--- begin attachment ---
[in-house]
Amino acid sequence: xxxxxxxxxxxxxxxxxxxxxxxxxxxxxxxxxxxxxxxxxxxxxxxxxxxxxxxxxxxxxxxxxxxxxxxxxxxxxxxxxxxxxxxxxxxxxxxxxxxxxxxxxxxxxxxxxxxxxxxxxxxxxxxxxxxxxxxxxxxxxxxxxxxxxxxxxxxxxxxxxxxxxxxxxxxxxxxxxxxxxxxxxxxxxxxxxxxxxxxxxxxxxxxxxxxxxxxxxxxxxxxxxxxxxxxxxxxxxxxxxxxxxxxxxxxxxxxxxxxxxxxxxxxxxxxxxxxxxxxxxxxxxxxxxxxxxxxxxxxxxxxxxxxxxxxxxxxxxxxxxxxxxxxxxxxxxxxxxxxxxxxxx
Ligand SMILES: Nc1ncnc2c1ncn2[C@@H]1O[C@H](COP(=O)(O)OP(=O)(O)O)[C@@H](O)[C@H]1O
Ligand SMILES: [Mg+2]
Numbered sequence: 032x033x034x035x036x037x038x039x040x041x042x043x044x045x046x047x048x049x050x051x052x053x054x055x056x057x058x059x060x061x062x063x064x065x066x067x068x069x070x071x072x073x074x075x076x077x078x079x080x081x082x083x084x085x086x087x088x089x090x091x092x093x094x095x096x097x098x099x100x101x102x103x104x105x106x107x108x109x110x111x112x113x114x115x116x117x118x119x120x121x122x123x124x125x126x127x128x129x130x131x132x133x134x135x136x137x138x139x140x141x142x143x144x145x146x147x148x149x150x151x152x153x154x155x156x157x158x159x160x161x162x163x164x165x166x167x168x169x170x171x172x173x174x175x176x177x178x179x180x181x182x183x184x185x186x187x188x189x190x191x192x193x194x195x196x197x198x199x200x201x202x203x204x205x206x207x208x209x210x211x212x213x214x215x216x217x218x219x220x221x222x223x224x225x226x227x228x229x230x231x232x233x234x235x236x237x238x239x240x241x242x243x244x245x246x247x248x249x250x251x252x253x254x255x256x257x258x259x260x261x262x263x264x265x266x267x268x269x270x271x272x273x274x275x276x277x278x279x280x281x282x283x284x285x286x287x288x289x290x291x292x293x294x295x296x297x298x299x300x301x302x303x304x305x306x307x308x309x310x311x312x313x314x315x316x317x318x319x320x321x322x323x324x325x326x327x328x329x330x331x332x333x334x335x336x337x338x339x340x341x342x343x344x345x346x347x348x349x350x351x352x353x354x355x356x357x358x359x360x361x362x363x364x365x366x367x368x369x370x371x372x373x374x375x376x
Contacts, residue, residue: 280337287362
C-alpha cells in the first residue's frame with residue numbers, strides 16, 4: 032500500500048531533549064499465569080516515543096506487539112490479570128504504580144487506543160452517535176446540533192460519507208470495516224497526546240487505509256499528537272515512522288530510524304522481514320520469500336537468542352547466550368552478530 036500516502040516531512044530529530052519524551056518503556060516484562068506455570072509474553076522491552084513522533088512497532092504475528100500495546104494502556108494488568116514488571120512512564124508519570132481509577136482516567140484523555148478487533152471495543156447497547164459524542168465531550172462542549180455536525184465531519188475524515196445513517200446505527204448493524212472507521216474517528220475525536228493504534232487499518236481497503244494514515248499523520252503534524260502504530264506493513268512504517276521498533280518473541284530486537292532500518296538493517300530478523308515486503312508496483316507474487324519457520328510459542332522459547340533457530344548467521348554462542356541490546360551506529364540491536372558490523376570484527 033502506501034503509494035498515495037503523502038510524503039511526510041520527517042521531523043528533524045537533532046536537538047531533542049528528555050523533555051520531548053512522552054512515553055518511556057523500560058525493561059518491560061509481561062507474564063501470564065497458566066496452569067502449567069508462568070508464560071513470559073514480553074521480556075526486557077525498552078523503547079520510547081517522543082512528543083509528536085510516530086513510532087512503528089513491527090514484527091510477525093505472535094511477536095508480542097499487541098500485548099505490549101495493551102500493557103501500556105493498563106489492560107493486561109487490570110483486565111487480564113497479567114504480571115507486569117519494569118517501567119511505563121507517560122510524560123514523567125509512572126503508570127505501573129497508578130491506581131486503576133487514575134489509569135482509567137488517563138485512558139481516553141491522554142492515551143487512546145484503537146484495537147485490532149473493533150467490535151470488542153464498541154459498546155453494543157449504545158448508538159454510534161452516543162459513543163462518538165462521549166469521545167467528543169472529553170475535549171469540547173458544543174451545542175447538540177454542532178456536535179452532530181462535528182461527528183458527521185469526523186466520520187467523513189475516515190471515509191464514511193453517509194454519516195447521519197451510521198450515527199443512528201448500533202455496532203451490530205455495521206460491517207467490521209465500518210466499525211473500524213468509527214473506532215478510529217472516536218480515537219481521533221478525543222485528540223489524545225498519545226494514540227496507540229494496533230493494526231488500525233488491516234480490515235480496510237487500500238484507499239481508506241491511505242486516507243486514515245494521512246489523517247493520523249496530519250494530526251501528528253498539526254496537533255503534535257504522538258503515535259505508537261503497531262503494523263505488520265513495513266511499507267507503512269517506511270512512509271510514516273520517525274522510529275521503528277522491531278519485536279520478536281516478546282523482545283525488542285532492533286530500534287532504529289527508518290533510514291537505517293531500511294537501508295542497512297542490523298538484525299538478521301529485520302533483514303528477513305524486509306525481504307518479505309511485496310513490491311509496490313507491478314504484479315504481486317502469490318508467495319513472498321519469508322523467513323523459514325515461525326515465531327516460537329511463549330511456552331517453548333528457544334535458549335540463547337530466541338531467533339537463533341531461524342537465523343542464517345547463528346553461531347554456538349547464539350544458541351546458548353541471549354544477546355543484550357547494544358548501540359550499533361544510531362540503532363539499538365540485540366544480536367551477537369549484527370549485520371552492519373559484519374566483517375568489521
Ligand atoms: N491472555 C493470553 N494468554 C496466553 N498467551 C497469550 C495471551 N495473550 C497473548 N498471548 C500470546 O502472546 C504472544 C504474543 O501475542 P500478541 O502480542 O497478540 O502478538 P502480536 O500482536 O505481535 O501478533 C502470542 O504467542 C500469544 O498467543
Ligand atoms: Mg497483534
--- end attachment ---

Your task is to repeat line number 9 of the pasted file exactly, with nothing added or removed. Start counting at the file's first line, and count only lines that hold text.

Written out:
Ligand atoms: Mg497483534